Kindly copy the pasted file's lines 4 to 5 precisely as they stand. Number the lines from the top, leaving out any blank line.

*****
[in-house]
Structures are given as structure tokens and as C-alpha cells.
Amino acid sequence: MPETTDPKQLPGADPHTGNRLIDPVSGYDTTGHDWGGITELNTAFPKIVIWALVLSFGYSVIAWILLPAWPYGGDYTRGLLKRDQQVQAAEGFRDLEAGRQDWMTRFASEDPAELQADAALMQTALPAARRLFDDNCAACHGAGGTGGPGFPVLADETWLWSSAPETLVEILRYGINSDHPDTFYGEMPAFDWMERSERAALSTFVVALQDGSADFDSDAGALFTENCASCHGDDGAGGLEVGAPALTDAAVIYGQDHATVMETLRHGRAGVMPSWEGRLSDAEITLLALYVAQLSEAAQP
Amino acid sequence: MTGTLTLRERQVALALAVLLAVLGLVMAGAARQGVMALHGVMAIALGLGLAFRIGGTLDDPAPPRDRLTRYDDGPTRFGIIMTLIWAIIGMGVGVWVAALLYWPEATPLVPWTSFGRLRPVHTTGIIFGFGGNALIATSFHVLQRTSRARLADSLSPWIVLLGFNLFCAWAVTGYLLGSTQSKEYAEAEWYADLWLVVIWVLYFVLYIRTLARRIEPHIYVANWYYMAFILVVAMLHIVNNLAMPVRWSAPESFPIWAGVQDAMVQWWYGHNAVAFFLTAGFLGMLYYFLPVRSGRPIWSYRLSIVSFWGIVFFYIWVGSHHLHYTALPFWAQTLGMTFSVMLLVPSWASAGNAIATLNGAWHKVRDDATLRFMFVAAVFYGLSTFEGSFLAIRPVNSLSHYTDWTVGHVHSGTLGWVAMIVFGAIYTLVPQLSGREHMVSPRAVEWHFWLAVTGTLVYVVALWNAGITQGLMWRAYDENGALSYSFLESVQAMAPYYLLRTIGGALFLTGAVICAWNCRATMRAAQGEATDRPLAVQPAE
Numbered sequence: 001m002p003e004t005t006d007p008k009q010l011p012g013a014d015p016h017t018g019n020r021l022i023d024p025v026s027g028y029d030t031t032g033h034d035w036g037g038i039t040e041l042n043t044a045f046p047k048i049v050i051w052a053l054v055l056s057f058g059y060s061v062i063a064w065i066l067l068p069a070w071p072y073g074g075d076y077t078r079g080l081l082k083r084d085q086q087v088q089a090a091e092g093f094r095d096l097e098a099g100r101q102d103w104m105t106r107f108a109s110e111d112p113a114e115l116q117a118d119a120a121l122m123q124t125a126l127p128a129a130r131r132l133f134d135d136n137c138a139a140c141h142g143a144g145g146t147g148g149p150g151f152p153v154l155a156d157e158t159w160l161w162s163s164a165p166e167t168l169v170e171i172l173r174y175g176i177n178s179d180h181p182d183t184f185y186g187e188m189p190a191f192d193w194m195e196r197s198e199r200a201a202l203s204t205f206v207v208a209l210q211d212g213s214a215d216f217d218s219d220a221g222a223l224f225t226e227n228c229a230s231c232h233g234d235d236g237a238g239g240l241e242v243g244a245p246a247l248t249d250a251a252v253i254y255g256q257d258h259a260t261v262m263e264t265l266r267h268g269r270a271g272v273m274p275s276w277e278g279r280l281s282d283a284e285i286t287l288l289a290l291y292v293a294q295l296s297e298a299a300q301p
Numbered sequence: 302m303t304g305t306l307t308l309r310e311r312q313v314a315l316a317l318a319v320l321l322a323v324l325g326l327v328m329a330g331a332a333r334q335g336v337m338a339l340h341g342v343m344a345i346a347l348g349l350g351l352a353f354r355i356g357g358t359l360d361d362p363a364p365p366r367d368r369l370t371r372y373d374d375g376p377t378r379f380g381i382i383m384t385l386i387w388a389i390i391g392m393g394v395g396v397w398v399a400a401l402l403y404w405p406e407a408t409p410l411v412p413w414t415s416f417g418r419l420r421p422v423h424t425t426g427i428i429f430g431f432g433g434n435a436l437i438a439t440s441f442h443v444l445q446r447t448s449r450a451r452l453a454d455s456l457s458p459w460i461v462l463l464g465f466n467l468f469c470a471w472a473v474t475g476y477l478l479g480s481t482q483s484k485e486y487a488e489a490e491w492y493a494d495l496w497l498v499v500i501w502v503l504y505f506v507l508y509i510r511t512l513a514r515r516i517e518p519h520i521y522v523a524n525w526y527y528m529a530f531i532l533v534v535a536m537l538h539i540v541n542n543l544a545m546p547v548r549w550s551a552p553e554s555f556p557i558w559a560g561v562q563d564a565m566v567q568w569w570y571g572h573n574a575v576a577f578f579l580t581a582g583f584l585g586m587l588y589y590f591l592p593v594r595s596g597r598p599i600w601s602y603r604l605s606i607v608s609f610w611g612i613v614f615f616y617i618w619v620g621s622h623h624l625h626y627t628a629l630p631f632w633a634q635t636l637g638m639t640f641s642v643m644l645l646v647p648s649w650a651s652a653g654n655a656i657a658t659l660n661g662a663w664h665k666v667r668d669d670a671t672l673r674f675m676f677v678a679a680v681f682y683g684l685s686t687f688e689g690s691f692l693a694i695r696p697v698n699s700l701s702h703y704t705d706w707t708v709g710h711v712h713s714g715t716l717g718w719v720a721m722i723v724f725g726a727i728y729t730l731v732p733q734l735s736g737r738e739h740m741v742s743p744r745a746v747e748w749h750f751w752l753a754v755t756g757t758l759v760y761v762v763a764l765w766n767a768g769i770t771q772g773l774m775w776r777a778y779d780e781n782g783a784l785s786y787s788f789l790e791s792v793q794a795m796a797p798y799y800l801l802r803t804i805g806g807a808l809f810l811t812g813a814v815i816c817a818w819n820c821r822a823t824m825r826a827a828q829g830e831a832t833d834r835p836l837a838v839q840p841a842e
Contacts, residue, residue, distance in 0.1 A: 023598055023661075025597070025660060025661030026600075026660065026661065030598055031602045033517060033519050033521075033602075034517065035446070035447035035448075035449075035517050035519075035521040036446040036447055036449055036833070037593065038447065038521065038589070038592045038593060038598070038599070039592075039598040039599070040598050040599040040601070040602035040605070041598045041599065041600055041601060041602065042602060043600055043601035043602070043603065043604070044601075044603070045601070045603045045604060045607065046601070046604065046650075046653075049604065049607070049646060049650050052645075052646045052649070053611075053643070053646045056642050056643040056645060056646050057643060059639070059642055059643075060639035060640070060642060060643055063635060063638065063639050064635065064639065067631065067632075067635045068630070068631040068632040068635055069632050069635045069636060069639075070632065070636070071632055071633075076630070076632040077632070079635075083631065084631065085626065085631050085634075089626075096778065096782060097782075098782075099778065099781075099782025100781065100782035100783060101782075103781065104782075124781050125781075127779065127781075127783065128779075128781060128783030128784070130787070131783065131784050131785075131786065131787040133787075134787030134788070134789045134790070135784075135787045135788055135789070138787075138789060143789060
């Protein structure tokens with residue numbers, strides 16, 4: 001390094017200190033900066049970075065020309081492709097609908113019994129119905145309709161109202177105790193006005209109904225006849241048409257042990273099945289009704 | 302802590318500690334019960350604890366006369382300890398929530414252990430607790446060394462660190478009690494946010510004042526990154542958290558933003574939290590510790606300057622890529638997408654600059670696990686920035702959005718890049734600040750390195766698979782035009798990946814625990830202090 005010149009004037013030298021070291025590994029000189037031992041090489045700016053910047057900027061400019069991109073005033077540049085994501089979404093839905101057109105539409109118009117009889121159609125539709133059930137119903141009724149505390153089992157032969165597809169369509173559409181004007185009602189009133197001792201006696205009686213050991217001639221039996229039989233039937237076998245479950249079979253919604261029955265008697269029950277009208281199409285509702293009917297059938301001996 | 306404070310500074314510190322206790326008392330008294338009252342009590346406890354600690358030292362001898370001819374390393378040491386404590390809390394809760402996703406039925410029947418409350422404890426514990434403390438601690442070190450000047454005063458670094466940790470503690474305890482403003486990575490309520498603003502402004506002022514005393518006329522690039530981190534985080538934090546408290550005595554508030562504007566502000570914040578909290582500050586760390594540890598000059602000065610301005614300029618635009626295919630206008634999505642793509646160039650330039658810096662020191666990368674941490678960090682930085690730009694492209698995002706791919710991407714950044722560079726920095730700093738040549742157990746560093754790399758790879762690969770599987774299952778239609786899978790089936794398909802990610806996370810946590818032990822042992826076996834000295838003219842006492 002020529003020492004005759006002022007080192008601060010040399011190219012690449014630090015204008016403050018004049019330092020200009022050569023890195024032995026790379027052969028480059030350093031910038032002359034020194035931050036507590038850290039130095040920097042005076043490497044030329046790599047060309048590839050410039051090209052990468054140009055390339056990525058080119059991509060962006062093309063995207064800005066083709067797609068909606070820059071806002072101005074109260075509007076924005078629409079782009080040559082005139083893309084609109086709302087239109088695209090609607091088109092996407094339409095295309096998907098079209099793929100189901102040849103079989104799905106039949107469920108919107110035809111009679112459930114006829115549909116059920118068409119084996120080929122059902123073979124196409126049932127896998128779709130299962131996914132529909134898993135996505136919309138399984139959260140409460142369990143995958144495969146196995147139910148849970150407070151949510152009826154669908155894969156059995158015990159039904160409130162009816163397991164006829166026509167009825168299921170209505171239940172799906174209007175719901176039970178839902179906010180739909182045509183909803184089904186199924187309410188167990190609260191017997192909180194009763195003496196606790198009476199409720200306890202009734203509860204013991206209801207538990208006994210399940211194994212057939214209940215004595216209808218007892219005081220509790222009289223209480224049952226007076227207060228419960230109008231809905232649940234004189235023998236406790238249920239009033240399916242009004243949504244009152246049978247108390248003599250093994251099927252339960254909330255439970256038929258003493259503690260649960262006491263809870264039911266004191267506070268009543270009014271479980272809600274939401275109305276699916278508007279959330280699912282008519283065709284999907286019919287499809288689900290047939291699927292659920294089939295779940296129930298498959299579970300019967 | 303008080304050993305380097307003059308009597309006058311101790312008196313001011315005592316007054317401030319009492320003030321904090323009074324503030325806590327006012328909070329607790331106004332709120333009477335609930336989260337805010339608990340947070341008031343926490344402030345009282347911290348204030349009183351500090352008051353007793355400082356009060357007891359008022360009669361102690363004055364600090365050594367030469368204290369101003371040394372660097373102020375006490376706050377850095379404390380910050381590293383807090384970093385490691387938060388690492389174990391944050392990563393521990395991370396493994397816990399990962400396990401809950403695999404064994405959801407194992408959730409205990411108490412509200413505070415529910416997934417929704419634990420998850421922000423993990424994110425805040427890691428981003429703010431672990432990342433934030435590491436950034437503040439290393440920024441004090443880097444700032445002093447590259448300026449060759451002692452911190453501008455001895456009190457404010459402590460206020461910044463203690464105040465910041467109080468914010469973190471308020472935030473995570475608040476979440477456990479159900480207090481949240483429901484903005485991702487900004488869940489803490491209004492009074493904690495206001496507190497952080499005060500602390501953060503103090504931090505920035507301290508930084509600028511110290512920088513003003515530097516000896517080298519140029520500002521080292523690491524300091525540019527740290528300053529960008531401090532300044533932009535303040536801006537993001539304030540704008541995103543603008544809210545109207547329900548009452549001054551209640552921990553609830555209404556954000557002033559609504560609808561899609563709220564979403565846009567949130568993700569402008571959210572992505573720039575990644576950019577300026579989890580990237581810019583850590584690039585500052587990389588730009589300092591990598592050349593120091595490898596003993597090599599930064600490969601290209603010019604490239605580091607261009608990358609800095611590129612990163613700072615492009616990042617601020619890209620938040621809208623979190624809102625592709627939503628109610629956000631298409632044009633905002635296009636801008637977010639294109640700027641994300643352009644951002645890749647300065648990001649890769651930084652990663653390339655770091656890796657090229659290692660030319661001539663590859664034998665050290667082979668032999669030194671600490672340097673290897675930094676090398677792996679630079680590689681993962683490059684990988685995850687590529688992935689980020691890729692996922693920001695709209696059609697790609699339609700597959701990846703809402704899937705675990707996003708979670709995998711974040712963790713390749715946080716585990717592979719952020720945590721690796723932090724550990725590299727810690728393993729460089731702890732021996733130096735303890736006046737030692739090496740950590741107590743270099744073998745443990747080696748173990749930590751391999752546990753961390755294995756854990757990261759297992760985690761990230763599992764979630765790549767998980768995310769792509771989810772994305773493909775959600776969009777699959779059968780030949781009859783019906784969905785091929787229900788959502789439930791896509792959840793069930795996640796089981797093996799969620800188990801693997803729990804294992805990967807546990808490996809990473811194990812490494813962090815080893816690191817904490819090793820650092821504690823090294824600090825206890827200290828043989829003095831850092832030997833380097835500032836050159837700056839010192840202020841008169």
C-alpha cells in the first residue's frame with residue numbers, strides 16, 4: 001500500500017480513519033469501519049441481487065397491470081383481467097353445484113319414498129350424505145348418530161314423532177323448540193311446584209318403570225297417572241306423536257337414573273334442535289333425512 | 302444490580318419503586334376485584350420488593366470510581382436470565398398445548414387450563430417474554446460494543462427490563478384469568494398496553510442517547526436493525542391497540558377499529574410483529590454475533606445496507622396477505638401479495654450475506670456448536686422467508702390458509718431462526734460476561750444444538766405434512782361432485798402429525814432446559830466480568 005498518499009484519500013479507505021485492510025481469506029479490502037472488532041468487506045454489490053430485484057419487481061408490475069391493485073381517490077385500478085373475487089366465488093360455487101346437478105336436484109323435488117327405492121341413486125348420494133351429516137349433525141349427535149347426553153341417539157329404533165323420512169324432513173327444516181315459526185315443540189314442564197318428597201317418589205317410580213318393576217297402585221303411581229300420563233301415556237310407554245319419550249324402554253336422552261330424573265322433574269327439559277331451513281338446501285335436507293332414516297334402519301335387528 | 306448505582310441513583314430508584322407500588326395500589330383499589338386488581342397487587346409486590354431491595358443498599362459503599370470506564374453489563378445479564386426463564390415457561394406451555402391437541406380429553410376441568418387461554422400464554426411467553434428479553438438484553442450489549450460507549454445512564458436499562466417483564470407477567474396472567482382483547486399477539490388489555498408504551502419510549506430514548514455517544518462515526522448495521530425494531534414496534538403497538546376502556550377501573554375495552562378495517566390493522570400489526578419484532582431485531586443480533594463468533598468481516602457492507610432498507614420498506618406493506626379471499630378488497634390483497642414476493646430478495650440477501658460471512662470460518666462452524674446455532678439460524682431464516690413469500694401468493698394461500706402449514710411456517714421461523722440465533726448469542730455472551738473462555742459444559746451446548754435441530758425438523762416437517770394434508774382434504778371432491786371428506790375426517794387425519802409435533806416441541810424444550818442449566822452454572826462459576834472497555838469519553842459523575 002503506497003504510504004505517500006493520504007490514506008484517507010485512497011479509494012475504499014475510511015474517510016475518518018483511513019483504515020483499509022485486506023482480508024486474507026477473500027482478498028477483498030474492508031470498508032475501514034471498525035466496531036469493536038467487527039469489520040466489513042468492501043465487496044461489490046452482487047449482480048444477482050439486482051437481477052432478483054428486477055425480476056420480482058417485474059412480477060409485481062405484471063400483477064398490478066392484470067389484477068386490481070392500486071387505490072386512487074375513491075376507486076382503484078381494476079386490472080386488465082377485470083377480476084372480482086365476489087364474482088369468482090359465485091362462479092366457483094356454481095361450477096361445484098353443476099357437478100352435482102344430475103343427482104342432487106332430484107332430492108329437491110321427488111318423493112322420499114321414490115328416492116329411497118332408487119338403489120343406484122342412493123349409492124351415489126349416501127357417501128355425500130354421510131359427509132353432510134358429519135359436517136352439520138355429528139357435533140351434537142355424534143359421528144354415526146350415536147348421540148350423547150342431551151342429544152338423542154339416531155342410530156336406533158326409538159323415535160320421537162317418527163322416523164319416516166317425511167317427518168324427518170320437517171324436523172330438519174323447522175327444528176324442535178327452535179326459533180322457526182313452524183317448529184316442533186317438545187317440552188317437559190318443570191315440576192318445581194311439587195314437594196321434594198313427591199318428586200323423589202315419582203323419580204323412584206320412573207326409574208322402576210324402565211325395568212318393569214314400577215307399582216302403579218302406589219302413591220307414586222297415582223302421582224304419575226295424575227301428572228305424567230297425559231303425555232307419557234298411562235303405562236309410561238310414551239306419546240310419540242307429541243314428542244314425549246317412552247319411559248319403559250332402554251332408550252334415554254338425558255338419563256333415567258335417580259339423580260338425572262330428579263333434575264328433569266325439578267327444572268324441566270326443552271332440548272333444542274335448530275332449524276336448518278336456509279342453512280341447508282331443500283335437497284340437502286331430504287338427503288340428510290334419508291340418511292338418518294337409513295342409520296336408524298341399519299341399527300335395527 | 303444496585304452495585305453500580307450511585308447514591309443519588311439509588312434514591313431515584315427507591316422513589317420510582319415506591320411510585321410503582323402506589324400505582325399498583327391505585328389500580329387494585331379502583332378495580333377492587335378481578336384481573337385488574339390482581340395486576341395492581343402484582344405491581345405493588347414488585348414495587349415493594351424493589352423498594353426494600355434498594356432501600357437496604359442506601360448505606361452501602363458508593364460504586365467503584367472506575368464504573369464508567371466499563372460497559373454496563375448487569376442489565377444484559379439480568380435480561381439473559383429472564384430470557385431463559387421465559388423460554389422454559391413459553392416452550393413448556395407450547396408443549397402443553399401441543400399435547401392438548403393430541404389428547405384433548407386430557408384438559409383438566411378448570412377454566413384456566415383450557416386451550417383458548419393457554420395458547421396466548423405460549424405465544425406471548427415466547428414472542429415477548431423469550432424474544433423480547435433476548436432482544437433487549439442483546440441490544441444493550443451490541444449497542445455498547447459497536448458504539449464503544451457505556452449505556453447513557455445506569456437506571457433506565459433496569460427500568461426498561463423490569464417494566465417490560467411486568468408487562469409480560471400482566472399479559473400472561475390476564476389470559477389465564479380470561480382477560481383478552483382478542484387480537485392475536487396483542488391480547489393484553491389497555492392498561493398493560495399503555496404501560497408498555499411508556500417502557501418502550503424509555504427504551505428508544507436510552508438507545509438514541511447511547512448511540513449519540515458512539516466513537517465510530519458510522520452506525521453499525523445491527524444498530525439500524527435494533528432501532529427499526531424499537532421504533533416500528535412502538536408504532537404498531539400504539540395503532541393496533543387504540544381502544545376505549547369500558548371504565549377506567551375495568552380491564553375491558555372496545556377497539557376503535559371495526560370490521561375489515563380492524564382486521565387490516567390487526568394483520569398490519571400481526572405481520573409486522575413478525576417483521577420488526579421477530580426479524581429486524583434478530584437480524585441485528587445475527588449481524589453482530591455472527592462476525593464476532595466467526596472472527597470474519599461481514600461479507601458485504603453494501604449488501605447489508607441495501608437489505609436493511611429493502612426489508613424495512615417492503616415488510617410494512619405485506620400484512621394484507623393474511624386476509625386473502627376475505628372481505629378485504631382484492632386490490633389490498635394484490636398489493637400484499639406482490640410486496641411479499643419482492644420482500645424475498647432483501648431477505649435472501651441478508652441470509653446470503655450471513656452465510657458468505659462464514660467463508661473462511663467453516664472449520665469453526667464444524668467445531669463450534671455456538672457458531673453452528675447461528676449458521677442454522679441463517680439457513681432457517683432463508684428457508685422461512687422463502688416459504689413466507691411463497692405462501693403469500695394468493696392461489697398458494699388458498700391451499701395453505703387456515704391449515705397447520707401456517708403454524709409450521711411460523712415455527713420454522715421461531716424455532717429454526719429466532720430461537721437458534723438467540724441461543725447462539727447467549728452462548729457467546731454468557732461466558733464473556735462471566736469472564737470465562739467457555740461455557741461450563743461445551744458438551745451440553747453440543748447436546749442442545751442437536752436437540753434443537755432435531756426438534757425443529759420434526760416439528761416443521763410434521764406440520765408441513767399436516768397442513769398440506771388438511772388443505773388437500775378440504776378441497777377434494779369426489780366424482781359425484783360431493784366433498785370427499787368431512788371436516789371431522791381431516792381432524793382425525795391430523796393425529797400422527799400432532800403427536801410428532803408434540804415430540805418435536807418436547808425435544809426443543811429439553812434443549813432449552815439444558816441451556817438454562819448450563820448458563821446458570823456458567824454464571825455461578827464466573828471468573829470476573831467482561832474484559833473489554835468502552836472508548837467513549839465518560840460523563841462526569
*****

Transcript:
Amino acid sequence: MTGTLTLRERQVALALAVLLAVLGLVMAGAARQGVMALHGVMAIALGLGLAFRIGGTLDDPAPPRDRLTRYDDGPTRFGIIMTLIWAIIGMGVGVWVAALLYWPEATPLVPWTSFGRLRPVHTTGIIFGFGGNALIATSFHVLQRTSRARLADSLSPWIVLLGFNLFCAWAVTGYLLGSTQSKEYAEAEWYADLWLVVIWVLYFVLYIRTLARRIEPHIYVANWYYMAFILVVAMLHIVNNLAMPVRWSAPESFPIWAGVQDAMVQWWYGHNAVAFFLTAGFLGMLYYFLPVRSGRPIWSYRLSIVSFWGIVFFYIWVGSHHLHYTALPFWAQTLGMTFSVMLLVPSWASAGNAIATLNGAWHKVRDDATLRFMFVAAVFYGLSTFEGSFLAIRPVNSLSHYTDWTVGHVHSGTLGWVAMIVFGAIYTLVPQLSGREHMVSPRAVEWHFWLAVTGTLVYVVALWNAGITQGLMWRAYDENGALSYSFLESVQAMAPYYLLRTIGGALFLTGAVICAWNCRATMRAAQGEATDRPLAVQPAE
Numbered sequence: 001m002p003e004t005t006d007p008k009q010l011p012g013a014d015p016h017t018g019n020r021l022i023d024p025v026s027g028y029d030t031t032g033h034d035w036g037g038i039t040e041l042n043t044a045f046p047k048i049v050i051w052a053l054v055l056s057f058g059y060s061v062i063a064w065i066l067l068p069a070w071p072y073g074g075d076y077t078r079g080l081l082k083r084d085q086q087v088q089a090a091e092g093f094r095d096l097e098a099g100r101q102d103w104m105t106r107f108a109s110e111d112p113a114e115l116q117a118d119a120a121l122m123q124t125a126l127p128a129a130r131r132l133f134d135d136n137c138a139a140c141h142g143a144g145g146t147g148g149p150g151f152p153v154l155a156d157e158t159w160l161w162s163s164a165p166e167t168l169v170e171i172l173r174y175g176i177n178s179d180h181p182d183t184f185y186g187e188m189p190a191f192d193w194m195e196r197s198e199r200a201a202l203s204t205f206v207v208a209l210q211d212g213s214a215d216f217d218s219d220a221g222a223l224f225t226e227n228c229a230s231c232h233g234d235d236g237a238g239g240l241e242v243g244a245p246a247l248t249d250a251a252v253i254y255g256q257d258h259a260t261v262m263e264t265l266r267h268g269r270a271g272v273m274p275s276w277e278g279r280l281s282d283a284e285i286t287l288l289a290l291y292v293a294q295l296s297e298a299a300q301p